1 July 2022
LEARNING TO BE LIONS
Glen Vena, our Animal Care Manager at Shamwari, South Africa, shares an update about our Lions of Lockdown six months after they arrived at their new sanctuary home.
Seeing our Lions of Lockdown thriving in their new home is just amazing! Each month is different as the seasons change here in the southern hemisphere – it must be an experience in itself for these four, who were all captive-born in France. Coming to Africa means their environment changed dramatically – I’m sure they’ve never experienced so much space or privacy before. It’s all very new to them.
The three lionesses – Angela, Bellone, Saida and male lion Louga all love their food and are learning there is always enough for everyone. Sometimes there can be squabbles at feeding time but we have noted that, if a certain hierarchy is followed, there will be no problems – so we make sure Saida gets first pick, followed by Louga, then Bellone and finally Angela. So, we have been making use of our smaller ‘hospital camps’ and night houses to separate the cats and make sure all of them get the good food they need.
However, generally, the lions are so sweet and, as you can see, love being around each other, enjoying each other’s company. As I explained to my colleagues when the lions first arrived, I suspected that Louga might have to ‘dig deep’ to be the King of the group. Thus far we definitely have a Queen in charge, and Louga seems to be fine with this hierarchy for now!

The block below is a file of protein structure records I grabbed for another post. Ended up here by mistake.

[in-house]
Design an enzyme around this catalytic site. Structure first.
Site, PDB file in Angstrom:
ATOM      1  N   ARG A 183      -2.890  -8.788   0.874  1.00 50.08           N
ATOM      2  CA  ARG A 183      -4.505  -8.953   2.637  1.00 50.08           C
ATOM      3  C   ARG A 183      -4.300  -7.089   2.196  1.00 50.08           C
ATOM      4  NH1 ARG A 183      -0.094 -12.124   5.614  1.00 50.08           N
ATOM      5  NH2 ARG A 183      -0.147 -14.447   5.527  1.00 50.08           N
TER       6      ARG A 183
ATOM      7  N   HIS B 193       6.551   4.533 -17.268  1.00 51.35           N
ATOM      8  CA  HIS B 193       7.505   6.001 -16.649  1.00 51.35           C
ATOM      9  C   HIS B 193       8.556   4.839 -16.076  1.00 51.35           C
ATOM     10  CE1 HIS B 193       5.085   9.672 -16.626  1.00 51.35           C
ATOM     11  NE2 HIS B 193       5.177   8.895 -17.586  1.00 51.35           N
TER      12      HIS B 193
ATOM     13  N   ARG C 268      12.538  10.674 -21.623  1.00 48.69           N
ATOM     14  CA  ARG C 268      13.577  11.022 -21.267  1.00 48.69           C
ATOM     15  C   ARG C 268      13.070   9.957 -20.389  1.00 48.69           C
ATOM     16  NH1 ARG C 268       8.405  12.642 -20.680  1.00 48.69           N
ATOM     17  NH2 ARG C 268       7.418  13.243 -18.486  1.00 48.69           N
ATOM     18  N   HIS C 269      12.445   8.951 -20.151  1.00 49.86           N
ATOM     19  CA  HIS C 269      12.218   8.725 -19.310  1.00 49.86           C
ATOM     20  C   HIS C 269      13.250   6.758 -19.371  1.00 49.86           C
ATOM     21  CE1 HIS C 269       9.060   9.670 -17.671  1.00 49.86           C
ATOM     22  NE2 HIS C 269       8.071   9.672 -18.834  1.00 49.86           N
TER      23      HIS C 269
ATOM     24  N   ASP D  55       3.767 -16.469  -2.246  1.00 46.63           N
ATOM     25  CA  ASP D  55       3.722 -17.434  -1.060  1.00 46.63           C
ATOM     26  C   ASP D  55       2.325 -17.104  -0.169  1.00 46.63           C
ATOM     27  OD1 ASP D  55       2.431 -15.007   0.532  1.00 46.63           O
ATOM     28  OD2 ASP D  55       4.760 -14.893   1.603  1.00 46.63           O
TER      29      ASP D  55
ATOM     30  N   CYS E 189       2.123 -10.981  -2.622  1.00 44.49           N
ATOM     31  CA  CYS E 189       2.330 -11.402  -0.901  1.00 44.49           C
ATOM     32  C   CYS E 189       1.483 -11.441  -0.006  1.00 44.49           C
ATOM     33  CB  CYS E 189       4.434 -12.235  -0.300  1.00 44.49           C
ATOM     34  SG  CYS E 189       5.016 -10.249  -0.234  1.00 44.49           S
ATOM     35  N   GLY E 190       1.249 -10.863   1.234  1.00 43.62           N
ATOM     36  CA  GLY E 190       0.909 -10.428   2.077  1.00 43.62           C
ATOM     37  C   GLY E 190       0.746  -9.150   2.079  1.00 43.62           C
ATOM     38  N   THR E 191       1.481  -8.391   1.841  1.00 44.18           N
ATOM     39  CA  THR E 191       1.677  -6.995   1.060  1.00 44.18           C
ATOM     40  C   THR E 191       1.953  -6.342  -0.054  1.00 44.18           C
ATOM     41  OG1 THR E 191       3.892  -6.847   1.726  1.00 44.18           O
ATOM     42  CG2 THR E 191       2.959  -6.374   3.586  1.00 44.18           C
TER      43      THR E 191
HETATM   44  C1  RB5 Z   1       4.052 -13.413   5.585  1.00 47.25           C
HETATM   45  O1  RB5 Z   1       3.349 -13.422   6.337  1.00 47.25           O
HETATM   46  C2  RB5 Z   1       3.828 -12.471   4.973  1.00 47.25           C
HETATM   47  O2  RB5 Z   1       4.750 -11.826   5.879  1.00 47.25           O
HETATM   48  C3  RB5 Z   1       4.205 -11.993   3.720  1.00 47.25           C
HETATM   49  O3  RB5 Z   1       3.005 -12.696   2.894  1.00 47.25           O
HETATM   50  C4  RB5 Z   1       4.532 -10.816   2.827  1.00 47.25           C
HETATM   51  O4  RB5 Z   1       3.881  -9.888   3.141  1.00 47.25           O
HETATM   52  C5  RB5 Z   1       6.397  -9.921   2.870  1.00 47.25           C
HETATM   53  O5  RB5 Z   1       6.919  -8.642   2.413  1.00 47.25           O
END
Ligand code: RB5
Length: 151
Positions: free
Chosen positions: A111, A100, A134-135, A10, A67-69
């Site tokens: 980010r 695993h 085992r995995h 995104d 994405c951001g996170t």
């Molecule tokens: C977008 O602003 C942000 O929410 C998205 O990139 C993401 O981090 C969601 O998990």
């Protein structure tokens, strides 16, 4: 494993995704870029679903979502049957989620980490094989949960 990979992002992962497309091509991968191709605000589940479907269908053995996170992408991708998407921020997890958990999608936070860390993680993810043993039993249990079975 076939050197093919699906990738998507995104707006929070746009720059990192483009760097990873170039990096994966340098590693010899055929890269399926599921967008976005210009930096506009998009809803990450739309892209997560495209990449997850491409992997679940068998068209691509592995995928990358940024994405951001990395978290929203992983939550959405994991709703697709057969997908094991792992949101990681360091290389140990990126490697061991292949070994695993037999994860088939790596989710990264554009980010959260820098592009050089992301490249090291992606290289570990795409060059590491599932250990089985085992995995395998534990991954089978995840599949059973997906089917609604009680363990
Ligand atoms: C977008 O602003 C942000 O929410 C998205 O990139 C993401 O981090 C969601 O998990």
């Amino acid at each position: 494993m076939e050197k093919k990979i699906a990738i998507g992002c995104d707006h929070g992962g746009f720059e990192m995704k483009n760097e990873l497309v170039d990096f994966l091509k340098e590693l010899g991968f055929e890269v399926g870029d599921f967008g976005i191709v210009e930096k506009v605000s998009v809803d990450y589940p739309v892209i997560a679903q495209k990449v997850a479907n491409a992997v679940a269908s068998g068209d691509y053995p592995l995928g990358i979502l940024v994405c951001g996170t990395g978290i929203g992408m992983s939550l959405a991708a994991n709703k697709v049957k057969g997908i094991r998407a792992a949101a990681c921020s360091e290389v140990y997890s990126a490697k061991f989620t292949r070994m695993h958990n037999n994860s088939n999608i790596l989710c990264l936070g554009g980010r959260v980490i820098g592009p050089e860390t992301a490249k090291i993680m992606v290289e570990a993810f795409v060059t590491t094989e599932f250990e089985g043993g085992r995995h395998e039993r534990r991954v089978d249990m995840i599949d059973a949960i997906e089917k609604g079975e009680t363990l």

In short, the Lions of Lockdown are doing great, and can now start to behave like real lions – an opportunity they were mostly deprived of for many years. It is wonderful to know that, with your help, Born Free’s team is making a huge difference to their lives here as the four gradually work out their roles within their little pride. It’s especially significant this year, which Born Free has declared it’s Year of the Lion – a year of action for lions in honour of the 100th birthday year of our charity’s fearless founder and lionheart, Bill Travers MBE.
“In short, the Lions of Lockdown are doing great, and can now start to behave like real lions – an opportunity they were mostly deprived of for many years.”